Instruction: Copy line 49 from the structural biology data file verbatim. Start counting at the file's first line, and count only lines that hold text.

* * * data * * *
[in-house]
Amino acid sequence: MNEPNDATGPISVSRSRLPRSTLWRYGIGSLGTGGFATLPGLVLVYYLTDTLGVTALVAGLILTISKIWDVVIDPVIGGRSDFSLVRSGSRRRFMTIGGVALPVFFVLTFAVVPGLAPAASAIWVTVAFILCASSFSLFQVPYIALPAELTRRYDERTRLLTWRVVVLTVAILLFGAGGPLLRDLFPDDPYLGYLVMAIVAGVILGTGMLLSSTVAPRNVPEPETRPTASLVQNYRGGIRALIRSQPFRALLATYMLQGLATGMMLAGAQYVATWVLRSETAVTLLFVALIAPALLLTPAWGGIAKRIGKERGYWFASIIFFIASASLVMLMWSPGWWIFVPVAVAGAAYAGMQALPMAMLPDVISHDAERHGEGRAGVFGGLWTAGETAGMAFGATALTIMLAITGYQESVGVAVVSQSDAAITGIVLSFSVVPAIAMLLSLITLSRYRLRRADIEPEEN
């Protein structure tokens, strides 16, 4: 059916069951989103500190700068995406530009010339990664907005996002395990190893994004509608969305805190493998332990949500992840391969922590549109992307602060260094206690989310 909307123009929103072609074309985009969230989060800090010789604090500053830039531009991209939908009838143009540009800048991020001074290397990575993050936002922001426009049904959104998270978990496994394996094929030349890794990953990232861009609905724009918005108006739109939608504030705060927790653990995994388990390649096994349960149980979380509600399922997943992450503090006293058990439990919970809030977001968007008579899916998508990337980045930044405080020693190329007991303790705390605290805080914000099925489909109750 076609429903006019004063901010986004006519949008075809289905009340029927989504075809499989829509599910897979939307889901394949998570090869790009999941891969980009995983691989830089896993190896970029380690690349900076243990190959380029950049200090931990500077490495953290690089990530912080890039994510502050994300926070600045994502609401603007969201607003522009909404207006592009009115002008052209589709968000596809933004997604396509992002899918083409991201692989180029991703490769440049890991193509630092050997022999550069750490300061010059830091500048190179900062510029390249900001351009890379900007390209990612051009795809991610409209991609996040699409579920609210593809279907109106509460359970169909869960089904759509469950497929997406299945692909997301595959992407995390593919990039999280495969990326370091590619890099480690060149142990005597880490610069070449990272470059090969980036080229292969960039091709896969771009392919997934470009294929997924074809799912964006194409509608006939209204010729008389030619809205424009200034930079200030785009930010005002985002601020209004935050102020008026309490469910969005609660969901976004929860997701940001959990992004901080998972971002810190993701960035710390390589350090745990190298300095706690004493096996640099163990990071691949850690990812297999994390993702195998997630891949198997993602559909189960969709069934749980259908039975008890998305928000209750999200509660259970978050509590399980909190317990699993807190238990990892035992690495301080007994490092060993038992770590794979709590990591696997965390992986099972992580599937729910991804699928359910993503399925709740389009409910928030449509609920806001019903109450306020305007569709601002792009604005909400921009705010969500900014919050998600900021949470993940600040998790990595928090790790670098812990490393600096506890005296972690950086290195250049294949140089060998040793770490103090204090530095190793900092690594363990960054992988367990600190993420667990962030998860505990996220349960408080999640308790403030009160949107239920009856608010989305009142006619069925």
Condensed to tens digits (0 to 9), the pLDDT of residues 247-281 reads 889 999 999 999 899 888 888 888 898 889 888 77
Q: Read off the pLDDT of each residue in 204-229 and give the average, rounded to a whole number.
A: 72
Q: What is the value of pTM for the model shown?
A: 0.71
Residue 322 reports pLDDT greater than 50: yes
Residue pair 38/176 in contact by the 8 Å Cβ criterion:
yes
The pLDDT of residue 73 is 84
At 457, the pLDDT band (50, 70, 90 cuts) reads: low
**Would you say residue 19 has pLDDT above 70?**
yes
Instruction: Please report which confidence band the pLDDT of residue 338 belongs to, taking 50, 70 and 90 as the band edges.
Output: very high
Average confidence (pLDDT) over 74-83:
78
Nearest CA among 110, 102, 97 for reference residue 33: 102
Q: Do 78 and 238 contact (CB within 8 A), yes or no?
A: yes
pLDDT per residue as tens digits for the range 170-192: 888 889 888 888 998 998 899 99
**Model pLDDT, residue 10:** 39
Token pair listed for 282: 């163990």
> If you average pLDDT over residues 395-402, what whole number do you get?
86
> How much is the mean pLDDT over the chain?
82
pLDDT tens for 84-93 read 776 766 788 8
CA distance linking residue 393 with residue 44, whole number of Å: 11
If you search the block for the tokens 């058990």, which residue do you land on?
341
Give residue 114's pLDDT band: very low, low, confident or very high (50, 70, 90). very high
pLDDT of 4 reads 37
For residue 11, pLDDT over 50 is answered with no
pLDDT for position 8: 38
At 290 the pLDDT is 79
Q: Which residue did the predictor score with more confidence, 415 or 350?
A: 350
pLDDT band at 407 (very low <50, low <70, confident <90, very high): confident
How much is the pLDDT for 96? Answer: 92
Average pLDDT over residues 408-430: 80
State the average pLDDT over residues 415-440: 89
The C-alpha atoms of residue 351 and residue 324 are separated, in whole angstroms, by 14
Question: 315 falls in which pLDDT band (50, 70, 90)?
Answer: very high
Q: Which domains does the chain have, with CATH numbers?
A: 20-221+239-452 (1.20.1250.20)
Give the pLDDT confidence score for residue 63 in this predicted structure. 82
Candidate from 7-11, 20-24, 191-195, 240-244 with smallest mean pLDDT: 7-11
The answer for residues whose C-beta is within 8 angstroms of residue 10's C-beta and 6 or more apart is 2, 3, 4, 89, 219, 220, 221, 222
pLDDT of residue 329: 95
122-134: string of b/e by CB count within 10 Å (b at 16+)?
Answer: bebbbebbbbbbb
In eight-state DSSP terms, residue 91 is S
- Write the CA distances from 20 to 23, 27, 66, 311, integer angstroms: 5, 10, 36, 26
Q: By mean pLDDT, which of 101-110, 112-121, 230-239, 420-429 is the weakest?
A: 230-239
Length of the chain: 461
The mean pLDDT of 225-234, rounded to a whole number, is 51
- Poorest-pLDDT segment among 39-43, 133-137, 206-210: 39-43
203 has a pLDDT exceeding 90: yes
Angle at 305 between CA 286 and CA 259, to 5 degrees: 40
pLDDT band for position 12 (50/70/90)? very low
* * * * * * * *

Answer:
A: 20-221+239-452 (1.20.1250.20)